Image of Navigational Map linked to Home / Contents / Search Queer Queries

by Ross Mack - GUI Computing
Image of Line Break

The Surgeon General warns that excessive use of SQL may harm others.

Sometimes it's important to select data from tables that is not strictly there. For example you may have a library of functions that will use data derived from database queries for some sort of operation. A common example of this might be a library that populates combo boxes based on SQL statements. This is great for doing look-ups of reference data on edit screens. You might use a query like "SELECT State from tblStates" to populate a combo with VIC, NSW, QLD, and so on. But if you didn't decide to store those states in a table to start with how do you get them because of an SQL statement? On the other hand, maybe you want to add an item to the list like, '(All States)' and would like to be able to include that in your SQL statement and not hard code it.

Well, you can. All you do is have your SQL return literals instead of or as well as queried data. To implement the above examples try executing the following SQL (the table, Table1 is irrelevant, use any table name you want, so long as it exists in your database).

        SELECT 'Vic' AS State FROM Table1
        UNION SELECT 'NSW' AS State FROM Table1
        UNION SELECT 'Qld' AS State FROM Table1
        UNION SELECT 'ACT' AS State FROM Table1
        UNION SELECT 'NT' AS State FROM Table1
        UNION SELECT 'Tas' AS State FROM Table1
        UNION SELECT 'SA' AS State FROM Table1
        UNION SELECT 'WA' AS State FROM Table1  

Or

        SELECT '< All States >' AS State FROM Table1
        UNION SELECT 'Vic' AS State FROM Table1
        UNION SELECT 'NSW' AS State FROM Table1
        UNION SELECT 'Qld' AS State FROM Table1
        UNION SELECT 'ACT' AS State FROM Table1
        UNION SELECT 'NT' AS State FROM Table1
        UNION SELECT 'Tas' AS State FROM Table1
        UNION SELECT 'SA' AS State FROM Table1
        UNION SELECT 'WA' AS State FROM Table1

Or

        SELECT '< All States >' AS State FROM tblStates
        UNION SELECT State FROM tblStates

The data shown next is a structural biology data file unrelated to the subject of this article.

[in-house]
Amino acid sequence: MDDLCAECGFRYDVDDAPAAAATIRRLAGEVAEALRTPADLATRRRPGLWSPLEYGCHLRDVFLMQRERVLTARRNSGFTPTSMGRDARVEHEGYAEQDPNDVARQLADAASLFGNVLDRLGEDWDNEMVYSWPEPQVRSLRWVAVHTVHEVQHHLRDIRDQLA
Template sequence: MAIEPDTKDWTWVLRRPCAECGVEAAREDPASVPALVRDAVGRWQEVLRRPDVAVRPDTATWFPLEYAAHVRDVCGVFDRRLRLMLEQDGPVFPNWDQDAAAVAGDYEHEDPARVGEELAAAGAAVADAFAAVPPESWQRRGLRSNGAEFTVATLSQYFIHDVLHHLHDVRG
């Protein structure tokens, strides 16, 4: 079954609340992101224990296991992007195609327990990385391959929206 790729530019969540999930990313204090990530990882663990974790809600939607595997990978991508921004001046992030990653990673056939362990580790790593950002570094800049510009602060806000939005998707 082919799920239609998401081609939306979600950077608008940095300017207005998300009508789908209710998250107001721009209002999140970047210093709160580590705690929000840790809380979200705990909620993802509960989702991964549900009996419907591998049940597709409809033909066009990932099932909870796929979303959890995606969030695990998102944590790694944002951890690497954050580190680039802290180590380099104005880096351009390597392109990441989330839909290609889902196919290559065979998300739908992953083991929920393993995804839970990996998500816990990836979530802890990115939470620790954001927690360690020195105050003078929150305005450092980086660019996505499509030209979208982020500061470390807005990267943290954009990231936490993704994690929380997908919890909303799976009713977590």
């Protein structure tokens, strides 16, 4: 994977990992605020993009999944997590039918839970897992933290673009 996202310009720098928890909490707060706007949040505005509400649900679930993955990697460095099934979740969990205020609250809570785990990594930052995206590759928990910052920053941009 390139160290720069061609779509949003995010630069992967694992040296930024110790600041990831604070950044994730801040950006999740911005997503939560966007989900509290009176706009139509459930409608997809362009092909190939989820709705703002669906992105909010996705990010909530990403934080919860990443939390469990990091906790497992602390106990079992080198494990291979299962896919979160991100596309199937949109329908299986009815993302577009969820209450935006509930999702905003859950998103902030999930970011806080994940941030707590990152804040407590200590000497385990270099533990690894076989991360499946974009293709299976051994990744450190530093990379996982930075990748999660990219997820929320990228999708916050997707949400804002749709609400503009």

This works quite well, but there are a couple of things to be aware of because of the way JET interprets these queries. Let's look at how this is done:

SELECT 'Fred' AS Name FROM MyTable UNION SELECT 'Barney' AS Name FROM MyTable;
This query will select a row of data containing only 'Fred' and another row of data containing only 'Barney'.

Unfortunately, there are two circumstances where this does not work so well. The first case is where there is no data in the table already. In the above example, if there is no data in the table called MyTable then no data would be returned. This is because Access tries to optimise the query by checking if there is a rowcount of 0 on the table and if that is the case just returns 0 records from any query that queries that table. The easiest work-around for this is to reference a table that will always have records. Because you are hard coding the data returned and the column names it doesn't matter what table is actually referenced.

The second problem arises when there are multiple records in the table and you are attempting to return only one row of literal data. Let's say that MyTable has four rows containing 'Fred', 'Barney', 'Wilma', and 'Betty' (Dino is in a different table). You then execute the following query (remember that because you are specifying what to return literally it need not relate to the actual contents of the table):

SELECT 'Vic' AS State FROM MyTable

This would return a RecordSet containing four rows all containing 'Vic'. In other words, one row will be returned for each record in the table. There are two ways around this, the first is to query more than one record:

SELECT 'Vic' AS State FROM MyTable UNION SELECT 'NSW' AS State FROM MyTable;

The second is to use the DISTINCT keyword to only return non-duplicate rows:

SELECT DISTINCT 'Vic' AS State FROM MyTable

So, there's how to fake data when it has to be provided in the form of a SELECT statement, or how to add one or two extra rows of special data that don't exist in your tables. Remember, use this carefully and it will assist you, use it recklessly and it will eventually lead a rebellion and bring about your downfall. Or something like that.



Written by: Ross Mack
July '97

Image of Arrow linked to Next Article
Image of Line Break
[HOME] [TABLE OF CONTENTS] [SEARCH]